- The interdisciplinary concentration allows students the flexibility to supplement a core study of chemistry with courses in other science fields. The curriculum provides students the intellectual tools to integrate their concentration areas, engage in interdisciplinary problem-solving and prepare for careers and/or graduate programs that increasingly cross disciplinary boundaries.
How much studying do I need to do to succeed in chemistry?
A good guideline for science and math courses is that you should plan to study about two to three hours per week for each unit of credit (so, a single three-hour class would mean nine hours per week of study). If you want to be successful, you’ll need to budget your time carefully. Think of school as a full-time job and budget your time accordingly.
Important: When it comes to studying, quality matters as much as quantity. Avoid distractions like phones, the internet, etc. It’s also important that you’re studying the correct material and concepts.
What should I do if I need extra help with my chemistry coursework?
First of all, make sure you’re putting the appropriate amount of time into your studies (see above). If you still need help, you have many resources available: You can ask your instructor for help or you can attend tutoring sessions at the library’s Academic Assistance and Resource Center. You can also watch chemistry videos on the internet, or hire a private tutor.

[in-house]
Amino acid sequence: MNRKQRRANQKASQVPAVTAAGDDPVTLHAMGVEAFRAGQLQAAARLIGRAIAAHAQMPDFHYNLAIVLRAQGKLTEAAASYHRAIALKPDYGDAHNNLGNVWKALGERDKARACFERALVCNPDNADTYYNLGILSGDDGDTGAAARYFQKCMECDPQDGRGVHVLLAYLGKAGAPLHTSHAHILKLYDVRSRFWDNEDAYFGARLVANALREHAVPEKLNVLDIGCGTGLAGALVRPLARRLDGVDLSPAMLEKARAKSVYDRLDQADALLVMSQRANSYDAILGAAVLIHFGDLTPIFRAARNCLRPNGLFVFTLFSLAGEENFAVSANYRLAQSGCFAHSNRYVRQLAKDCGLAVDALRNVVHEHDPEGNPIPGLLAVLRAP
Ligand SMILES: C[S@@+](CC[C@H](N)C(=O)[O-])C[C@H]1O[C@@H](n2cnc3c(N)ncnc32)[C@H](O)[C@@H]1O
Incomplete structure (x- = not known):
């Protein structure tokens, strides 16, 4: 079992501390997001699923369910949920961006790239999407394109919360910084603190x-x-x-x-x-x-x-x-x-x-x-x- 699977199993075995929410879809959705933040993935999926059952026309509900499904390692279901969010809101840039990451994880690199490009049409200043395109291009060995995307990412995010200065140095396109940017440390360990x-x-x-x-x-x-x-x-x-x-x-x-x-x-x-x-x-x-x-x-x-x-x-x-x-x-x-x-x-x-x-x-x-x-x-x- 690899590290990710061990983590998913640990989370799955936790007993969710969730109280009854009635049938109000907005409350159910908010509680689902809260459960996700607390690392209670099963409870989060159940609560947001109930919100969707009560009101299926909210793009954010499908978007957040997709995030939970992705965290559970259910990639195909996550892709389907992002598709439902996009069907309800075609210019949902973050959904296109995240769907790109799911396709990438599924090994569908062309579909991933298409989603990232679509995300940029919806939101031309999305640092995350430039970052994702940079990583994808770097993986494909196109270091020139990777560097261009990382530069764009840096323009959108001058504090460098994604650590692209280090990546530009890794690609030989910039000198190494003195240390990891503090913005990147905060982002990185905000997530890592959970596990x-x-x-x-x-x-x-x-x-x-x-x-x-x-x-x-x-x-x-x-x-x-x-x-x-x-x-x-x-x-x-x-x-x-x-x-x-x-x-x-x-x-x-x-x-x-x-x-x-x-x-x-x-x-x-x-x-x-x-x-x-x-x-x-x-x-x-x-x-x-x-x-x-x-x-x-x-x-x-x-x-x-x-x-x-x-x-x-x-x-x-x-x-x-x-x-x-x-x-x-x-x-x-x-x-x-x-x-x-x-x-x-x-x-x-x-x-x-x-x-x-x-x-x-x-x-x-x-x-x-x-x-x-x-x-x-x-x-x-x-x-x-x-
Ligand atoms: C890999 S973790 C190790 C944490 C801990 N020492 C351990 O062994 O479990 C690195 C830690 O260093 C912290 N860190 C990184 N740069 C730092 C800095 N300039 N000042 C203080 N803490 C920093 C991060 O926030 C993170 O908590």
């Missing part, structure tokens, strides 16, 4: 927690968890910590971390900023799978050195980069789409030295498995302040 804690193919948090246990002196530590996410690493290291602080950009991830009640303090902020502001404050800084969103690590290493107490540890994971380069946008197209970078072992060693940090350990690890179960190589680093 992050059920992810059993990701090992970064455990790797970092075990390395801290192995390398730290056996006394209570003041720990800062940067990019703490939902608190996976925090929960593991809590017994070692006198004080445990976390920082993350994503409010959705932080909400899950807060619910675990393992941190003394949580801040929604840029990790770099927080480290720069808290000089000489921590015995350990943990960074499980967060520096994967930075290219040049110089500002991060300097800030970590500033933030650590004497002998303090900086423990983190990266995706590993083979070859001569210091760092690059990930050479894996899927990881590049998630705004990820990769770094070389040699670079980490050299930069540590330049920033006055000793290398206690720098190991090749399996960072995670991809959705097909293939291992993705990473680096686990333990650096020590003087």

What is a degree plan? And when do I need to file one?
A degree plan is a personalized plan of study that outlines what classes you’ll need to take in order to graduate. Students who earn 45 or more hours must talk to their advisor and initiate the degree plan process.
What minors should I choose as a chemistry or biochemistry major?
That depends on the track you choose. Biochemistry majors are required to minor in biology. Chemistry majors who pursue the professional chemist concentration are free to choose any minor (although the combined science minor is highly recommended). Chemistry secondary education students are required to minor in secondary education. Chemistry interdisciplinary concentration students must have 25 hours of approved minor/concentration courses.
What if I want to change majors or minors?
To change your major or minor, please contact the College of Sciences and Mathematics Academic Advising and Student Services Center located in room 127 Miller Science Building.
What is academic probation?
A student is placed on academic probation after the first regular semester in which the cumulative GPA falls below 2.0. Students on academic probation whose semester GPA is 2.0 or higher will be allowed to continue on academic probation until the cumulative GPA is 2.0 or higher. Academic probation will continue until the student achieves good standing or is placed on academic suspension.
What is academic suspension?
A student on academic probation will be placed on academic suspension if the student's semester GPA falls below 2.0.
How – and when – do I file for graduation?
You should apply for graduation approximately eight months before you expect to finish the coursework required for your degree. Talk to your faculty advisor to learn more.